From UPSC perspective, the following things are important :
Prelims level : Not much.
Mains level : Paper 3- Pros and cons of strategic disinvestment.
Air India is on the block.
Why disinvestment is not such a bad idea?
- Wisdom lies in the use of resources to meet the emergent needs: True wisdom lies in the use of resources, including the so-called “family silver”.
- To meet emergent needs.
- As also for better returns.
- Even individuals and private sector organizations committed to meeting their obligations or optimizing wealth creation take such initiatives routinely.
- The weakening of Indian economy
- This fiscal year’s second quarter growth in the gross domestic product (GDP) slipped to 4.5% and the portents of a slowdown have been quite apparent.
- Private sector investment is sagging. Gross capital formation has dipped.
- Aggregate demand has contracted.
- Public sector expenditure is the single engine that’s driving economic growth.
- Clamour for the government to open its purse and limited fiscal room.
- Shrunk revenue growth: There is a clamour for the government to open its purse and help out. However, its revenue growth has shrunk.
- Low direct tax collection: Direct tax collections registered a growth of only a little more than 6%.
- The cautious approach by the RBI: The Reserve Bank of India has taken a rate cut pause, inter alia, to watch the government’s approach to the fisc.
- Commitment to low inflation: The political executive seems determined to honour its commitment to low inflation and macroeconomic stability.
- India facing Hobson’s Choice: India is thus faced with a Hobson’s choice—either to significantly revise its fiscal deficit target or monetize state assets.
- The liberalized markets and optimizing wealth.
- Perception in the capital market: Capital markets operate on perceptions. Valuations of public sector enterprises tend to be much lower than those of private sector companies even if their profit numbers are the same.
- Why should India suffer suboptimal wealth creation?: The liberalized market philosophy that the country has pursued aims at optimizing wealth creation. In case a change in ownership structure can deliver higher wealth, why should Indian society retain the current ownership frame and suffer suboptimal wealth creation?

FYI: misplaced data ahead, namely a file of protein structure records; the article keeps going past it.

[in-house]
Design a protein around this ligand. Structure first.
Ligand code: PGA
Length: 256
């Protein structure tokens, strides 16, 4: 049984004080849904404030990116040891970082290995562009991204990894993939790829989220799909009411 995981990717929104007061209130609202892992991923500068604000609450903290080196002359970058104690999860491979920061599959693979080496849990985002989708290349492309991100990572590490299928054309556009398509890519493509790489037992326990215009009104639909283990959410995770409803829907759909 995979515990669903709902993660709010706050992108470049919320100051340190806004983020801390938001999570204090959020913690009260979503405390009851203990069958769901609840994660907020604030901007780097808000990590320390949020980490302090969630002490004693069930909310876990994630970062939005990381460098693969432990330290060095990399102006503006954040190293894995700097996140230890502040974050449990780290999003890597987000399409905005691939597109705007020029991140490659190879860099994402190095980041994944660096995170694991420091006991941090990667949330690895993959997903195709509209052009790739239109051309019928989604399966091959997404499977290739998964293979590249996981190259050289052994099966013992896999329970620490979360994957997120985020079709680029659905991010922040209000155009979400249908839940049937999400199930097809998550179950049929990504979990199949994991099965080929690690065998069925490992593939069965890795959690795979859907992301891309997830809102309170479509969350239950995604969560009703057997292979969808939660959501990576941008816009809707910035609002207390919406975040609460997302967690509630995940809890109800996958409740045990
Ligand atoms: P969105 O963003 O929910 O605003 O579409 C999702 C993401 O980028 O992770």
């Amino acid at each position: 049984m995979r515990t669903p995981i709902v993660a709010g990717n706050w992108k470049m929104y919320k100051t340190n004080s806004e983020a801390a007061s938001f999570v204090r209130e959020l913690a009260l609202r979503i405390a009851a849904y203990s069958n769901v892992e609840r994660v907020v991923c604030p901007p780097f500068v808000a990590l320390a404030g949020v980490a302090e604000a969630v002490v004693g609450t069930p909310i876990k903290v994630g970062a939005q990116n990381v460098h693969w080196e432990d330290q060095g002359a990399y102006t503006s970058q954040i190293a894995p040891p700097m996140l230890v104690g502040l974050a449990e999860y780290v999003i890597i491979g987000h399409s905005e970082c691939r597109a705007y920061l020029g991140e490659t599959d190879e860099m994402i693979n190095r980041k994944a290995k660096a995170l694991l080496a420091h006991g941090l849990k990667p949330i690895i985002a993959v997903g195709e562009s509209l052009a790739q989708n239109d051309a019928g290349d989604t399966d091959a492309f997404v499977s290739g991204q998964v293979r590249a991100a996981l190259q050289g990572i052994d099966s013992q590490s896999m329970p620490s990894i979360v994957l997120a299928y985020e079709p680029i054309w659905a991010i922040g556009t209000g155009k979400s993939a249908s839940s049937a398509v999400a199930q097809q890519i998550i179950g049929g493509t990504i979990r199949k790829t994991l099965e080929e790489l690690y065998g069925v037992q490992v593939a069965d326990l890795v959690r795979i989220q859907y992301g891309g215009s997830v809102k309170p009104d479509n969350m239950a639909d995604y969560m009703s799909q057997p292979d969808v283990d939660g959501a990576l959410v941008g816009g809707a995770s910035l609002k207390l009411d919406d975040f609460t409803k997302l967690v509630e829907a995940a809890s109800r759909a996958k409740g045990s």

- Need to make policies aimed at value creation: Given the limits on India’s resources, it is all the more important to see that policies are geared to ensure that value is created.
- Stake sales can achieve value creation: For validation of this surmise, look at the rapid rise in the enterprise value of Bharat Petroleum, as indicated by its share price, since the announcement of its strategic disinvestment.
- Not all private sector companies perform well: In those cases, the losses are not funded by innocent taxpayers.
Twin angles to welcome strategic disinvestment
- One: The need for India to invest in fresh asset creation.
- The fresh asset can be created by way of roads, ports and airports that would result in a cascade effect for the economy’s growth.
- Two: The optimization of wealth generation from the country’s assets.
- This, incidentally, will benefit individual shareholders, including employees with shares, who have invested in the equity of listed public-sector companies such as Bharat Petroleum.
- Energy security of the country not harmed: As there are other state-owned petroleum companies undertaking exactly the same activities, such as refining and marketing crude oil, the sale of one company does not tamper with the energy security of the country.
- Caution against undervaluation: The government, however, must ensure that it is not taken for a ride. It must make a good judgment of the value of the company it decides to disinvest from and if the market conditions are not favourable for the move it must wait for the opportune moment.
- Asset creation from the proceeds: Instead of using the proceeds from the disinvestment to fund revenue deficit the proceeds must be utilized strictly for new asset creation.